The Auteur Theory was developed by a French screenwriter named Francois Truffaut. Truffaut published his ideas in a 1954 essay called “Une Certaine Tendance” or “A Certain Tendency in French Cinema.” In these works, Truffaut claimed that ilm was a great medium for expressing the personal ideas of the director.The auteur theory suggests that a director can use the commercial apparatus a filmmaking in the same way that a writer uses a pen, or a painter uses his paint.
Auteur theory suggests that the best films will bear their maker’s signature which may manifest itself as the stamp of his or her individual personality or perhaps even focus on recurring themes within the body of work. Alfred Hitchcock plays this idea up in most of his movies where he make sure that he appears on screen in a brief cameos spot. And what is even more interesting, is a symbolism behind certain cameos that reflects larger topics. For example, the image of a bird is recurrent throughout certain of Hitchcock’s cameos. In “To Catch a thief” there are two caged birds nearby. This use a bird imagery is obviously expanded lager during Hitchcock’s work in “The Birds”. The cage birds are no longer caged. Symbolism of birds is an obvious mark of Hitchcock’s work, as his signature is always marked by that symbolism.
Based on The auteur theory of 3 Premises ( Technical Competence; Personality; Interior Meaning) of an Auteur according to Andrew Sarris. (Sarris, 2007)
Firstly, a great director needs technical competence and elementary flair in cinema. The master of film language, same as novelist must have master of written language (Sarris, 2007). If there is no mastership of technical, then not an auteur. that is to say, the director is not master of own work.
(Look at hitchcock and technical competence with mis-en-scene cinematography editing and sound, so technically in the mis-en- scene which will relate to the style and personal meanign also the underlying meaning later on, in technical elements of Hitchcock ….)
Women are almost always blonde: Marion Crane in Psycho ; Melanie Daniels- The Birds; Brenda Blaney-Frenzy
Other elements of Mise-en-scene we see brandy across several different films and brandy in birds and frenzy and these huge glasses that look like breasts usually other elements in his Mise-en-scene includes Staircases and staircases having this foreboding look, so for instance you have in Psycho who falls down the staircase you have the brooding staircase when looking up at the Victorian house you also have staircase in Vertigo, so throughout all of him films he’ll use staricases he also reflections in mirrors quite often a lot of the reflections through mirrors.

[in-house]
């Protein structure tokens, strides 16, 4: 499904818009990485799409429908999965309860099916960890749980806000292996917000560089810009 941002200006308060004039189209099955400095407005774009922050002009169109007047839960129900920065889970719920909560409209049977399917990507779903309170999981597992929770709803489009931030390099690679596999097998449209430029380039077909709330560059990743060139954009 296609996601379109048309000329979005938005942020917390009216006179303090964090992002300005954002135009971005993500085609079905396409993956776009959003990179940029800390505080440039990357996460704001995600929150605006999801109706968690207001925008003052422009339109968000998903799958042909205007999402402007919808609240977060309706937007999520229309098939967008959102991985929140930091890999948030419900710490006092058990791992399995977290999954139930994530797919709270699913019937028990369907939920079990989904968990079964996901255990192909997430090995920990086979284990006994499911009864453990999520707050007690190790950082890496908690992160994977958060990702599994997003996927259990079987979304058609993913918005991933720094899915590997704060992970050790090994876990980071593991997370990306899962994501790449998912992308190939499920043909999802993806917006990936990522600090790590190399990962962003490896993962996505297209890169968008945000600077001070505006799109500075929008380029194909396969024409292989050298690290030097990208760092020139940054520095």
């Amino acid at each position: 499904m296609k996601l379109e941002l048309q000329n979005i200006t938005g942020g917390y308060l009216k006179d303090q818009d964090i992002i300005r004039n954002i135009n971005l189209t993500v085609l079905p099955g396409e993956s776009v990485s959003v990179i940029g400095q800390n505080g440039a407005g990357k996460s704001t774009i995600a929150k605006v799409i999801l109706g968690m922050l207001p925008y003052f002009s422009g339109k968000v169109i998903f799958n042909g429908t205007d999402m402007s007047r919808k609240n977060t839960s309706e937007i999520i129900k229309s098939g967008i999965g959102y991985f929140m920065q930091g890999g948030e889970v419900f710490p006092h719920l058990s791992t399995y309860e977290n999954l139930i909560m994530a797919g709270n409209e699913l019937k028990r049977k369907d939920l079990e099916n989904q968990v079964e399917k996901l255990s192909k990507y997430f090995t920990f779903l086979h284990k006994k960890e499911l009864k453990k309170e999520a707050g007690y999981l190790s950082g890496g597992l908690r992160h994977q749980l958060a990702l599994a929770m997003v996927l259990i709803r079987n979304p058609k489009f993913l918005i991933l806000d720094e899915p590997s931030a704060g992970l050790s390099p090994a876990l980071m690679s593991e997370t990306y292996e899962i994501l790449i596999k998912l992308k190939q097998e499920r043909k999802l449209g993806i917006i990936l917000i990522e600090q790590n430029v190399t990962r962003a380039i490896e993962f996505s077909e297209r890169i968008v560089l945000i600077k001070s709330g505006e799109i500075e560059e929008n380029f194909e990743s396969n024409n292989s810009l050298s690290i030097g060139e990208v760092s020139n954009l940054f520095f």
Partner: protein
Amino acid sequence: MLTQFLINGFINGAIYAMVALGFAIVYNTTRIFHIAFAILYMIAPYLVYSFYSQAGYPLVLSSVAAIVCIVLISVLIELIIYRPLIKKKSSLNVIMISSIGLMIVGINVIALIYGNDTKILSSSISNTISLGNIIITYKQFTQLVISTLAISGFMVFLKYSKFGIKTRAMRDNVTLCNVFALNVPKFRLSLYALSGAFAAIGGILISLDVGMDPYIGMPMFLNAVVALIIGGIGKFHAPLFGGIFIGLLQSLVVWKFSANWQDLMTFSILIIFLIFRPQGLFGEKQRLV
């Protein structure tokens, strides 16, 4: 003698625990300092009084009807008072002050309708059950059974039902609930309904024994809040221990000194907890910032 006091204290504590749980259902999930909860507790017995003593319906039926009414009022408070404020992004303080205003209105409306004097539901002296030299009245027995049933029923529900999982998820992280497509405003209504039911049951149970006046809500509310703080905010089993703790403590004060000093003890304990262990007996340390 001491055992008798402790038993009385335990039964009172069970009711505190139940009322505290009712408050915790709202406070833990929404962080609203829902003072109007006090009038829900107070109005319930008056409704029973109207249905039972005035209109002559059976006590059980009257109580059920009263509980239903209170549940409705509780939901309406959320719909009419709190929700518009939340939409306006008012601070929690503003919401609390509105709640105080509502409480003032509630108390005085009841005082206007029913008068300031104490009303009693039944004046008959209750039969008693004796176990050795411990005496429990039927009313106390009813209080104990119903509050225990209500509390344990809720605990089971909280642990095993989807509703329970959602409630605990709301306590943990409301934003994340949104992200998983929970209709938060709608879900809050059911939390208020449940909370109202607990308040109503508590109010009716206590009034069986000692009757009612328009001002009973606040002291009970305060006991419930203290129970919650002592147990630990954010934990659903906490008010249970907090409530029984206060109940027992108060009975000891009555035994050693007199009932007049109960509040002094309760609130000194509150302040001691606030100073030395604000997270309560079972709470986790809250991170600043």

Birds : Behind Norman Bates in the office – Psycho, the birds that overlook everything its dwan in phoenix or opens up in phoenix arizona phoenix is a bird, also he says to Marion crane you eat like a bird and he has the stuffed birds in the birds you have birds also, also in his mise-en- scene you see that these objects often embody some kind of visual representation so the shower is entrapment in Psycho; the Phone booth is entrapment in The Birds you have ties being a symbol of entrapping women in frenzy so obejcts really embody visual representation inside of Hitchcock’s films so the mise-en-scene has this element of meaning and often entrapment for women.
The technical camera:
Hitchcock loves POV shots he loves voyeurism so we have Norman Bates watching Marion crane in the birds we have Melanie Daniels watching the explosion so we have Jimmy Stewart literally stalking the female in vertigo we have the peeping tom and /in ? frenzy its about watching It is about voyeurism. Technical elements with camera also includes the Hitchcock rule so the size of the object in the frame should be equal to the importance of visit in the story at the time so if you’re at a close-up of a person they’re the most important thing in the story the time if they’re at an extreme long shot they’re not the most important thing in the story so we have teh technical element of the Hitchcock rule we also have the establishing shots of landscapes at the beginning and so he masters this kind of way of establishing an area of San Francisco at the beginning the birds we have Phoenix the beginning of psycho we have London at the beginning frenzy.